Prompting Expert Mode

Currently, the orchestration for creating apps in Dify is set to Basic Mode by default. This is ideal for non-tech-savvy individuals who want to quickly make an app. For example, if you want to create a corporate knowledge-base ChatBot or an article summary Generator, you can use the Basic Mode to design Pre-prompt words, add Query, integrate Context, and other straightforward steps to launch a complete app. For more head to 👉 Text Generator and Chat App.

💡However, you surely want to design prompts in a more customized manner if you're a developer who has conducted in-depth research on prompts, then you should opt for the Expert Mode. In this mode, you are granted permission to customize comprehensive prompts rather than using the pre-packaged prompts from Dify. You can modify the built-in prompts, rearrange the placement of Context and History , set necessary parameters, and more. If you're familiar with the OpenAI's Playground, you can get up to speed with this mode more quickly.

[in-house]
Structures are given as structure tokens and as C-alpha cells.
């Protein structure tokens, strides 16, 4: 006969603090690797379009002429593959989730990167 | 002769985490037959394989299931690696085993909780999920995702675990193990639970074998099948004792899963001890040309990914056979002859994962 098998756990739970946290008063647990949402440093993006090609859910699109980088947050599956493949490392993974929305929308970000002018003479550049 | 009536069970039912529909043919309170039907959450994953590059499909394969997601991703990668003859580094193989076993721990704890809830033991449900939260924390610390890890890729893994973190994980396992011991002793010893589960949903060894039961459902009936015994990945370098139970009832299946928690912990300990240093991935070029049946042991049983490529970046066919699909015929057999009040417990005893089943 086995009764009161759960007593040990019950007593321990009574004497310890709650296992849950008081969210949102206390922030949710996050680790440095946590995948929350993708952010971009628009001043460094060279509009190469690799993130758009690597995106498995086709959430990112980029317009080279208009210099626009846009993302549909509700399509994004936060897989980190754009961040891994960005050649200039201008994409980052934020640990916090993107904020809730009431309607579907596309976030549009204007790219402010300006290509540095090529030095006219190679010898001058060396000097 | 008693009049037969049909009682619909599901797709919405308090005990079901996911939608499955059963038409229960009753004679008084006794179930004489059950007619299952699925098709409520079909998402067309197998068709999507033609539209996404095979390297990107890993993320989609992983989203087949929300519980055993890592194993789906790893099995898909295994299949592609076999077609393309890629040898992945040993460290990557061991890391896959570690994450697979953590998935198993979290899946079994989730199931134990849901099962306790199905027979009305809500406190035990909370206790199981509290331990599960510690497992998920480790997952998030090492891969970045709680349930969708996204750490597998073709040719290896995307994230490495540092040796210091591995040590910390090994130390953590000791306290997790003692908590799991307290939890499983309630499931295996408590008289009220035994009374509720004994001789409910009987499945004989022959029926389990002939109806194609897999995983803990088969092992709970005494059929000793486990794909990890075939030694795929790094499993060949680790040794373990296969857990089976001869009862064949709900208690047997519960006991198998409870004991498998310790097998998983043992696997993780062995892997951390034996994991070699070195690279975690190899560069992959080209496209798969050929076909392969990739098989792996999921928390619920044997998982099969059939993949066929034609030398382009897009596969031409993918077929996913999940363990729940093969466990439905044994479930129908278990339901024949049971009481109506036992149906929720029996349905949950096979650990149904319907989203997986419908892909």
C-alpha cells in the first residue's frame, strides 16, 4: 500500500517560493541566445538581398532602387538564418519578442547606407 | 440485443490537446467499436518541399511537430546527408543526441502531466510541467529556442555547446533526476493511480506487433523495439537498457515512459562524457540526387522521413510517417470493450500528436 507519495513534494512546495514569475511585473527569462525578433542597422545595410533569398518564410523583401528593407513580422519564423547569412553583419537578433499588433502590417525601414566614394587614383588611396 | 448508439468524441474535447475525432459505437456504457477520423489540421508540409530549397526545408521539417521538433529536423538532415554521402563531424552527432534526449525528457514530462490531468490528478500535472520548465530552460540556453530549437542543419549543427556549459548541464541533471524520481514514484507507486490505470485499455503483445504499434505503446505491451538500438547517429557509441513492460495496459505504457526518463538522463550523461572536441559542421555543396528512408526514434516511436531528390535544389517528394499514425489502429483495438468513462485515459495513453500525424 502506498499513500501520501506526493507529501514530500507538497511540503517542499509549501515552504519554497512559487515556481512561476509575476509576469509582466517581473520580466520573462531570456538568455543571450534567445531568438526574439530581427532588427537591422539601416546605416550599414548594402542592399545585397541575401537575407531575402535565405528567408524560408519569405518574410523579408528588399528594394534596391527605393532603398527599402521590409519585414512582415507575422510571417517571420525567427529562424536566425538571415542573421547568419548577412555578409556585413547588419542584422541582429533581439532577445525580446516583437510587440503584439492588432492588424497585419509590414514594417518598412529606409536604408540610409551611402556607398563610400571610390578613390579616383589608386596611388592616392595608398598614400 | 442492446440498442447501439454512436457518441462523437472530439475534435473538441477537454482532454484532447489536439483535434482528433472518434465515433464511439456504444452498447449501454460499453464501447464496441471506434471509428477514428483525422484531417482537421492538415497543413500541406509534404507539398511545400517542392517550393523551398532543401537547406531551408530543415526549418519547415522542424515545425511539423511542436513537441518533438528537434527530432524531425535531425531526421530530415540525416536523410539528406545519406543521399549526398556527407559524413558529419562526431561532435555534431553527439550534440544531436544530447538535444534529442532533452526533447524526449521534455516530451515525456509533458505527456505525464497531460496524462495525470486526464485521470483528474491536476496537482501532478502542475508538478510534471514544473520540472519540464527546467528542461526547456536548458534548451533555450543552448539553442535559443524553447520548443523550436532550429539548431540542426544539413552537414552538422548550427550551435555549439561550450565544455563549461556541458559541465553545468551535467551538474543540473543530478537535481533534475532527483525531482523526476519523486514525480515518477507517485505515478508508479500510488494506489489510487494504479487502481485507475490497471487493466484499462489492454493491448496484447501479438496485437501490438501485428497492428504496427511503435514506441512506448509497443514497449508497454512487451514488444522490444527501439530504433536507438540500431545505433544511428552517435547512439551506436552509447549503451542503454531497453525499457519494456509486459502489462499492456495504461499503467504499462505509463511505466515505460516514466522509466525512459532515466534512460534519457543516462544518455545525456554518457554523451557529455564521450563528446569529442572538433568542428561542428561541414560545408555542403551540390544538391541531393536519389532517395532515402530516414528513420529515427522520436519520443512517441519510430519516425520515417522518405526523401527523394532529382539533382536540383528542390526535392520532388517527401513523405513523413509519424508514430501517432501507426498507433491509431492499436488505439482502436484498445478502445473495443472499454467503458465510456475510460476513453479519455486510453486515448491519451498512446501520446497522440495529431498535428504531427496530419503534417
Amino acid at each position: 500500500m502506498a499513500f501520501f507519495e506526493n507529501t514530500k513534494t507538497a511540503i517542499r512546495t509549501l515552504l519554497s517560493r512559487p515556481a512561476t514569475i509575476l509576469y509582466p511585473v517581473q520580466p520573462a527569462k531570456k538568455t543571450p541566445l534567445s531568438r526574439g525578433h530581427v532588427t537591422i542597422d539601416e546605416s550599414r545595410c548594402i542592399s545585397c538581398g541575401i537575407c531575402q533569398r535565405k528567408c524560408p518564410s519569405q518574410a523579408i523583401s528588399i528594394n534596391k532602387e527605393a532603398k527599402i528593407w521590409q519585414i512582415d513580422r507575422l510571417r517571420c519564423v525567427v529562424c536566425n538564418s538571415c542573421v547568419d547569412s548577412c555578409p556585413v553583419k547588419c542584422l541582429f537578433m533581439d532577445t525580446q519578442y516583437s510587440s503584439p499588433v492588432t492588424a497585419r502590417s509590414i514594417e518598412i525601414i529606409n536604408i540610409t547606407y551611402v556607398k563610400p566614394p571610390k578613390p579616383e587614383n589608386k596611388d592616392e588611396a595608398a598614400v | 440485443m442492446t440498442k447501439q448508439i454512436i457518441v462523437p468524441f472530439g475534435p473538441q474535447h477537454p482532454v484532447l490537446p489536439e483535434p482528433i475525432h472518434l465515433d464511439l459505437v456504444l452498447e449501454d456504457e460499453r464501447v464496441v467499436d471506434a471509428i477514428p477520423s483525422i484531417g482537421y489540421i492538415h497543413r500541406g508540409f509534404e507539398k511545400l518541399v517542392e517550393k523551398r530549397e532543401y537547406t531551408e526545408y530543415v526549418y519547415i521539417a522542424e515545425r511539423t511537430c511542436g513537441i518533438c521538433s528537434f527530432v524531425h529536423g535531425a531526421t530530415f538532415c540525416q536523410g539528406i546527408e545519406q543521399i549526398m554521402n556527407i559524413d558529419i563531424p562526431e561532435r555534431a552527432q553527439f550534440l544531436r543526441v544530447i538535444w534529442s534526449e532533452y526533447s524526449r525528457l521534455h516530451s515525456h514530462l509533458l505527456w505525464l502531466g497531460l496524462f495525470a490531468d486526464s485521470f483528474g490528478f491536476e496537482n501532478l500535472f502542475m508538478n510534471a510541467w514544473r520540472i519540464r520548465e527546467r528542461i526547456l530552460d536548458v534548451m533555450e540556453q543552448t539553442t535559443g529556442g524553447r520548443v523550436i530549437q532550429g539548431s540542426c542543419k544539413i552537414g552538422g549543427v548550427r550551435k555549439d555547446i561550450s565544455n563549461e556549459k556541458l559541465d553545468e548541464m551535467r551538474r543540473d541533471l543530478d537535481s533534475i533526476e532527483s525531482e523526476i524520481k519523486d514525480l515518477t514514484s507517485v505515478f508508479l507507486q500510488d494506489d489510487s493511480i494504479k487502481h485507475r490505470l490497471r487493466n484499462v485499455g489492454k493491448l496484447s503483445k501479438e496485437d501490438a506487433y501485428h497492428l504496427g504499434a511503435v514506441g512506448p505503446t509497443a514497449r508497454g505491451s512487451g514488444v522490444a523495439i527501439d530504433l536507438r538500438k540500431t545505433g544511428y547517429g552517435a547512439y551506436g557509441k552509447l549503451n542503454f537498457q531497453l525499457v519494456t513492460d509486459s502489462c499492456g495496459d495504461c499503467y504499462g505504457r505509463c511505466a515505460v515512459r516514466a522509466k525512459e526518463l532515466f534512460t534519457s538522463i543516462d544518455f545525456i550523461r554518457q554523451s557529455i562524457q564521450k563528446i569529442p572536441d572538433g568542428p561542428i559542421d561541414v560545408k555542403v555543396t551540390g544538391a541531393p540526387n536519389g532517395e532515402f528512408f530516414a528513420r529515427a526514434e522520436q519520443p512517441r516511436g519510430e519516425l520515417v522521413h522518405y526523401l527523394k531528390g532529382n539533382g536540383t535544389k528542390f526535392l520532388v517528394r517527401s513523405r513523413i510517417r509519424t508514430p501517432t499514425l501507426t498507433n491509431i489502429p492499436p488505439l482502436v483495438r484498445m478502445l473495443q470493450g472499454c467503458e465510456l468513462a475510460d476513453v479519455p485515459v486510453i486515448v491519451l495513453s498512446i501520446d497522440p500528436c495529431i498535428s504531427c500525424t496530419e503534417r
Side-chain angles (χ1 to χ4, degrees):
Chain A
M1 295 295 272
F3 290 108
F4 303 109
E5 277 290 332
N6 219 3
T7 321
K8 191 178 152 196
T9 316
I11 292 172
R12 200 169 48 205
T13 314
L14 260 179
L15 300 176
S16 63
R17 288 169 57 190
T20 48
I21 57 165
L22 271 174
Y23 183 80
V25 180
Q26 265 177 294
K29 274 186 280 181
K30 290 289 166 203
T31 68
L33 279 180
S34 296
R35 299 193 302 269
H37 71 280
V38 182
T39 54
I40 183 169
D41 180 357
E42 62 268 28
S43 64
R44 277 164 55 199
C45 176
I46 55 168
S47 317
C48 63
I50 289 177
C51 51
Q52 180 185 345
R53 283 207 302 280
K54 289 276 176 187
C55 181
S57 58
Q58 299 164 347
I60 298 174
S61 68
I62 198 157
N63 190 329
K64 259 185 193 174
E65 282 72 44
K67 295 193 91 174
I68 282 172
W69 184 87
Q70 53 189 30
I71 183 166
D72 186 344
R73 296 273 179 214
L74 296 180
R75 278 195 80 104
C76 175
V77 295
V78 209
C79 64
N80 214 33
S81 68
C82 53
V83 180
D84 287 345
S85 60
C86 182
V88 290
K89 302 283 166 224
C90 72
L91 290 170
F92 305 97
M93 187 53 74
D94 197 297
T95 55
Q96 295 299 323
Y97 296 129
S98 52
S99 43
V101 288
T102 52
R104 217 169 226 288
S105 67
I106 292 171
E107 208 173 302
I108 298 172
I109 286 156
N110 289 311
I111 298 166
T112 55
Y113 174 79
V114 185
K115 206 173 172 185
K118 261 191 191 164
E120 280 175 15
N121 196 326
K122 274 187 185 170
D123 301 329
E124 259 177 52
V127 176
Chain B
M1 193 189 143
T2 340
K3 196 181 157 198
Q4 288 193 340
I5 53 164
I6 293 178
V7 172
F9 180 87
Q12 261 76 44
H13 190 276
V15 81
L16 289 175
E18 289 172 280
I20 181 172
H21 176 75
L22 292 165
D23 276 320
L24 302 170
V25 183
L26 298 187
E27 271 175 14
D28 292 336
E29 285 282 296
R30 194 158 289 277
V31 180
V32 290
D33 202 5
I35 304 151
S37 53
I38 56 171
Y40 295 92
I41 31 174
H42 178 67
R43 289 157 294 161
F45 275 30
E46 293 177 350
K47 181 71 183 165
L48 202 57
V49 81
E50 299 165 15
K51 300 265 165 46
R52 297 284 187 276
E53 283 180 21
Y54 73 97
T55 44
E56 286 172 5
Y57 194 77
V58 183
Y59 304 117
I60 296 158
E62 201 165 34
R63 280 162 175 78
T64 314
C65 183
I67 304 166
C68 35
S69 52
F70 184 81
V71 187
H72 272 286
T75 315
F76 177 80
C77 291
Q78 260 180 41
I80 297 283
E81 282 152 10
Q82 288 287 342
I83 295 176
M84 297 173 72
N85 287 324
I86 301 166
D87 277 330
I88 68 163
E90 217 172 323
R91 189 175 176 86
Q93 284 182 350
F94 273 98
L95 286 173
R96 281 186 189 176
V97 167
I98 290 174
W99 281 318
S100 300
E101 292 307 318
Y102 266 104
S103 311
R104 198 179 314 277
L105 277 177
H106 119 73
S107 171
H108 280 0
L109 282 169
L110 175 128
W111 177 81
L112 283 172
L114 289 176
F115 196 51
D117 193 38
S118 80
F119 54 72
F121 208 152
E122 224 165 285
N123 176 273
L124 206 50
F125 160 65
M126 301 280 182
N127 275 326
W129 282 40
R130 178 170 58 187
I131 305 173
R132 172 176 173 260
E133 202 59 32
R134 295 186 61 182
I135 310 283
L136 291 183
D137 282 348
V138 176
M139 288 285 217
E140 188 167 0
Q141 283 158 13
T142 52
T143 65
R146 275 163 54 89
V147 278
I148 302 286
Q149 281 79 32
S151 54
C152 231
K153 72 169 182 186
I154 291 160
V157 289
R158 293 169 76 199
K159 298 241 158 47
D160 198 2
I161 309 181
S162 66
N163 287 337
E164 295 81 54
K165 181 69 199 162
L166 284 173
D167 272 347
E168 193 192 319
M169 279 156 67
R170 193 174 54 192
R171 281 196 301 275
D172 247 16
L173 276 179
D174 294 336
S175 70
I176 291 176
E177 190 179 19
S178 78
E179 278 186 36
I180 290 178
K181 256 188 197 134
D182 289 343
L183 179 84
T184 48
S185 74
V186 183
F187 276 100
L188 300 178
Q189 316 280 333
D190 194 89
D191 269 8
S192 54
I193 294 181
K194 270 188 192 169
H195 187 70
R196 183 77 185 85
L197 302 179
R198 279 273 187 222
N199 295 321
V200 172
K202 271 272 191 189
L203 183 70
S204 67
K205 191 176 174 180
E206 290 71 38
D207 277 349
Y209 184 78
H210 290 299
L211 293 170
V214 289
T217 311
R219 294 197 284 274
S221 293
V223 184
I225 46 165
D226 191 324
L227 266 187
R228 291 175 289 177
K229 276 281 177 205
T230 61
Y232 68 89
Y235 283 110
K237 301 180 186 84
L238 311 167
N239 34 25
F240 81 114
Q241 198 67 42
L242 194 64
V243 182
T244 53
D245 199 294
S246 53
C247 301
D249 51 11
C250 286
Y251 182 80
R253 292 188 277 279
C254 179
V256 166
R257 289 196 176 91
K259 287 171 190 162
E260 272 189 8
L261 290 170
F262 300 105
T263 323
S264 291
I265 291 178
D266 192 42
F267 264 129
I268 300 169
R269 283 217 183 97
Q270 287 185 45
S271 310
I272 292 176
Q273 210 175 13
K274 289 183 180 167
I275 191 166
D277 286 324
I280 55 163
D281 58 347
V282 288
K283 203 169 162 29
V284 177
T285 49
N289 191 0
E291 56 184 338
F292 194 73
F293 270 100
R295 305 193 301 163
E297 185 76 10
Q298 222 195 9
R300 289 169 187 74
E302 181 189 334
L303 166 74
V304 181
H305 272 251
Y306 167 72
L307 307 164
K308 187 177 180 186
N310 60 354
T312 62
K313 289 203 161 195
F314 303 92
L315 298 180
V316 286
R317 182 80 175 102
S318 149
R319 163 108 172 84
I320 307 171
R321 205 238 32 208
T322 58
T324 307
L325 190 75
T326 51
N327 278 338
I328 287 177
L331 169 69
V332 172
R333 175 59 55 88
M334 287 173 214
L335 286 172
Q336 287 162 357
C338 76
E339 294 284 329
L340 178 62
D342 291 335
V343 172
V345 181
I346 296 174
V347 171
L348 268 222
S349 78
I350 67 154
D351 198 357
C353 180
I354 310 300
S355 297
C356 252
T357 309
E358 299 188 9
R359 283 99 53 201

Well, before you try the new mode, you should be aware of some essential elements in it:

  • Complete

    This type of model accepts a freeform text string and generates a text completion, attempting to match any context or pattern you provide. For example, if you write the prompt As René Descartes said, "I think, therefore", it's highly likely that the model will return "I am." as the completion.\

  • Chat

    This type of model takes a list of messages as input and returns a message generated by the model as output. It consists of three message types: SYSTEM, USER, and ASSISTANT.